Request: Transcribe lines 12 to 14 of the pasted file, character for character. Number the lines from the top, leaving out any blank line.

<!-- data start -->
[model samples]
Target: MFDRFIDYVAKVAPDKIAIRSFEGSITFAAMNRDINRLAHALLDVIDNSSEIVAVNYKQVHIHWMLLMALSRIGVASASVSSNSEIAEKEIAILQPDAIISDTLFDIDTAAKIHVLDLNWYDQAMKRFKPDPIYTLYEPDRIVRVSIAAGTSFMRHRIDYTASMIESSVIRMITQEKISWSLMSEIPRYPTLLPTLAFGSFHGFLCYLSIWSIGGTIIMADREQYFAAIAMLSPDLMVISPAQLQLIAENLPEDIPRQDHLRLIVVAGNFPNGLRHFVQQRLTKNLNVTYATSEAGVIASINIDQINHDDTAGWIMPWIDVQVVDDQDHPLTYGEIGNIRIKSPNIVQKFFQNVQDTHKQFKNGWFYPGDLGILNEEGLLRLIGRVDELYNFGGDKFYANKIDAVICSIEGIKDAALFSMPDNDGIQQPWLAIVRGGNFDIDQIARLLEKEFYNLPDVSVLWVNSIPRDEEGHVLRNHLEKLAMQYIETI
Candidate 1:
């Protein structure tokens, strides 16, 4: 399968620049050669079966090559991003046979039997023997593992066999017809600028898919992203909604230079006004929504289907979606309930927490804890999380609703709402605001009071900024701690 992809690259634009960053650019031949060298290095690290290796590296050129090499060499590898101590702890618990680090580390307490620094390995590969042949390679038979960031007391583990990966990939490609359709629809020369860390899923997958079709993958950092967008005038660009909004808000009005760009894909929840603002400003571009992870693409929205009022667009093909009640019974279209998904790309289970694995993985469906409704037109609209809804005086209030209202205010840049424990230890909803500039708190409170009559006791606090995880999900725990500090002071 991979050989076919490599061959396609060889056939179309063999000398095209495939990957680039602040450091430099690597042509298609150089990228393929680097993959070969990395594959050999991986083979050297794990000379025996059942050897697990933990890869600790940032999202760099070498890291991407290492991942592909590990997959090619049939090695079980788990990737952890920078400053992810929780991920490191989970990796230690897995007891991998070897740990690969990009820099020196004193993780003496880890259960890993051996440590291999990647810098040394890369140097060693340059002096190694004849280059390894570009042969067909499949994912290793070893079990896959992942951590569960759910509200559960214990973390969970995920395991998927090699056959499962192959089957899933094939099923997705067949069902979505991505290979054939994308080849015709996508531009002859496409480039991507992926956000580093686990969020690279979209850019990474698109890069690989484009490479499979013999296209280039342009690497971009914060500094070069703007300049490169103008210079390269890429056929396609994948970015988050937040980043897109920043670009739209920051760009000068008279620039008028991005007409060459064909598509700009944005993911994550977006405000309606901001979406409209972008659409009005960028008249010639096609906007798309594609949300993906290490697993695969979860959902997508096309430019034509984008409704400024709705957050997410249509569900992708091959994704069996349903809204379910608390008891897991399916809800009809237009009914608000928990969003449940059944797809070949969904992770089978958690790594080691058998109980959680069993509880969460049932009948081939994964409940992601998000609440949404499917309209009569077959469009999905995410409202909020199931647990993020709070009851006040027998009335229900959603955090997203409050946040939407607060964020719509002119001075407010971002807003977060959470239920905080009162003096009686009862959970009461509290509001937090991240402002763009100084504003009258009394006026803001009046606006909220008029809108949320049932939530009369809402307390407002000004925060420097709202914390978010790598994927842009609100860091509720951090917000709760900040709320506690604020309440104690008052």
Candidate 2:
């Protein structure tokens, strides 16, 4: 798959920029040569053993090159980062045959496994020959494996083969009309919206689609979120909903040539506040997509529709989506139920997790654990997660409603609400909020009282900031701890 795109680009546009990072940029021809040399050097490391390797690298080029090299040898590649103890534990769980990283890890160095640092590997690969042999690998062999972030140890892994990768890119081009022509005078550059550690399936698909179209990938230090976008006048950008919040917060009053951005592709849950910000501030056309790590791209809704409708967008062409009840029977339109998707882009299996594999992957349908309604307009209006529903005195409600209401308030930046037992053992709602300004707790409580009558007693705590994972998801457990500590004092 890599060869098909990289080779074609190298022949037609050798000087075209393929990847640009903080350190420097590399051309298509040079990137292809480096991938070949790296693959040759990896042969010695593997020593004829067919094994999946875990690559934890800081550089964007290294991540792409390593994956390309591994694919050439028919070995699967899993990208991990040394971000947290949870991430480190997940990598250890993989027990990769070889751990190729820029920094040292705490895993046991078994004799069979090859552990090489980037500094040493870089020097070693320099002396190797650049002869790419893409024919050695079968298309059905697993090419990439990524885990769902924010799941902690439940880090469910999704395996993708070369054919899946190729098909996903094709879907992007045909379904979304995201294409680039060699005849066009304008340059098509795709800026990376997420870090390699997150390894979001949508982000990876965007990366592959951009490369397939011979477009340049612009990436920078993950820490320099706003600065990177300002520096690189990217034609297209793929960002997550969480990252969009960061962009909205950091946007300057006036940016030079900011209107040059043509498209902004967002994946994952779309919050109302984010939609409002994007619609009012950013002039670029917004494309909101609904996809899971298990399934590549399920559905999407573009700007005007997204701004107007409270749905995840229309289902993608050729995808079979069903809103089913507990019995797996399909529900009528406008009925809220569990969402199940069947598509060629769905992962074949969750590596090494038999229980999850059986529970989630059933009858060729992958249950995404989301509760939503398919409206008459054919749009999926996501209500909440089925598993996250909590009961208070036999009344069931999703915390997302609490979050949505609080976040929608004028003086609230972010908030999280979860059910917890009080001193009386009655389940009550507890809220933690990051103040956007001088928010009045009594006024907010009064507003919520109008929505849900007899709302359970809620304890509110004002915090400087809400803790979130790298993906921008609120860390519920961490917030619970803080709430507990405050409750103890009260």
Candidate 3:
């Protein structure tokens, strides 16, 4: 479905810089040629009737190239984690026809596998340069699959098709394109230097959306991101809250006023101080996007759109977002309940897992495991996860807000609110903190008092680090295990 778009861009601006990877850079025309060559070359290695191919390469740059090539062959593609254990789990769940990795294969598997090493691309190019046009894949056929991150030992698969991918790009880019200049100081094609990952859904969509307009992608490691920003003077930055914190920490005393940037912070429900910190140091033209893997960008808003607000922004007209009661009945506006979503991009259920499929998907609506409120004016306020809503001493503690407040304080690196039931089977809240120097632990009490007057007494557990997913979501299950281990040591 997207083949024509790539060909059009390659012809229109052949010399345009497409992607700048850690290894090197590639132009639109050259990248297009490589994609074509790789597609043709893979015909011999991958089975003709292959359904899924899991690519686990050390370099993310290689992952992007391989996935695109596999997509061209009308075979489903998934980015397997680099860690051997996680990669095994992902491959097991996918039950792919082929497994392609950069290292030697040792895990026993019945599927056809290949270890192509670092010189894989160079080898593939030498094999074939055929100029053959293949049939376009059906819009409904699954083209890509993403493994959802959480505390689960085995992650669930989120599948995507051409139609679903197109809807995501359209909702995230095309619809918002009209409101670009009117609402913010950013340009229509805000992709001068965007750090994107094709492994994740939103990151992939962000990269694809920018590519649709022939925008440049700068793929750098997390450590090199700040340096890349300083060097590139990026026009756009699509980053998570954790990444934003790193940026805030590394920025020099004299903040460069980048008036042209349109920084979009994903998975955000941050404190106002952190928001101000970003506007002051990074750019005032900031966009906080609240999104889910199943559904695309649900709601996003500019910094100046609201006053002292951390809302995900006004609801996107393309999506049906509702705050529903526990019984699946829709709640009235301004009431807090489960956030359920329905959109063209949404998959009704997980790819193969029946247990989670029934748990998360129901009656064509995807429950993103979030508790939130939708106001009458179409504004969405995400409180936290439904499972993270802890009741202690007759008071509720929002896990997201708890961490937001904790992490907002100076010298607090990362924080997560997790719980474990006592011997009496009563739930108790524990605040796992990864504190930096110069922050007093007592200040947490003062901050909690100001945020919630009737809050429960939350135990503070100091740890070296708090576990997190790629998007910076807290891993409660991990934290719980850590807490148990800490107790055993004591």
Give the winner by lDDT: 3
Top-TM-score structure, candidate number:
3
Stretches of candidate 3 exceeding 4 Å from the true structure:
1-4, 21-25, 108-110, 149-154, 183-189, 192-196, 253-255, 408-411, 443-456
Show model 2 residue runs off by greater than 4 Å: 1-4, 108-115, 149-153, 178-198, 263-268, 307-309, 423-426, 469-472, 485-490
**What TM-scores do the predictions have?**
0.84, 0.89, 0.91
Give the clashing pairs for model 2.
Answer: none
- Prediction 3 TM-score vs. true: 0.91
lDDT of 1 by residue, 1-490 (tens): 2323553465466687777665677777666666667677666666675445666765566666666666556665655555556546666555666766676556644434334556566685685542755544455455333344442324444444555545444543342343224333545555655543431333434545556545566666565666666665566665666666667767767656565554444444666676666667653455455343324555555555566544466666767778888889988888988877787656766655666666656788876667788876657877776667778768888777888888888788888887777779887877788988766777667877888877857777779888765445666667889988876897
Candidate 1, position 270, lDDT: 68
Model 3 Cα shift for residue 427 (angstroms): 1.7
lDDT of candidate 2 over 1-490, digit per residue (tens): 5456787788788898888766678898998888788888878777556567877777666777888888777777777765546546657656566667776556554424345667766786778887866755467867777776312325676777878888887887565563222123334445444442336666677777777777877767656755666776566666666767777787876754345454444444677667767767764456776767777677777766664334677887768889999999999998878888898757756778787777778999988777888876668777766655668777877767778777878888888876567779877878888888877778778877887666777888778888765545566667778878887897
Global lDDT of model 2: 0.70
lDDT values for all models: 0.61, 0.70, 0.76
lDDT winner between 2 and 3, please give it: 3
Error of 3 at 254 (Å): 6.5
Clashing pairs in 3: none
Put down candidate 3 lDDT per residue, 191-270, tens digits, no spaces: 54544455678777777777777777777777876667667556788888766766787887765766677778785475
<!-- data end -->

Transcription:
Stretches of candidate 3 exceeding 4 Å from the true structure:
1-4, 21-25, 108-110, 149-154, 183-189, 192-196, 253-255, 408-411, 443-456
Show model 2 residue runs off by greater than 4 Å: 1-4, 108-115, 149-153, 178-198, 263-268, 307-309, 423-426, 469-472, 485-490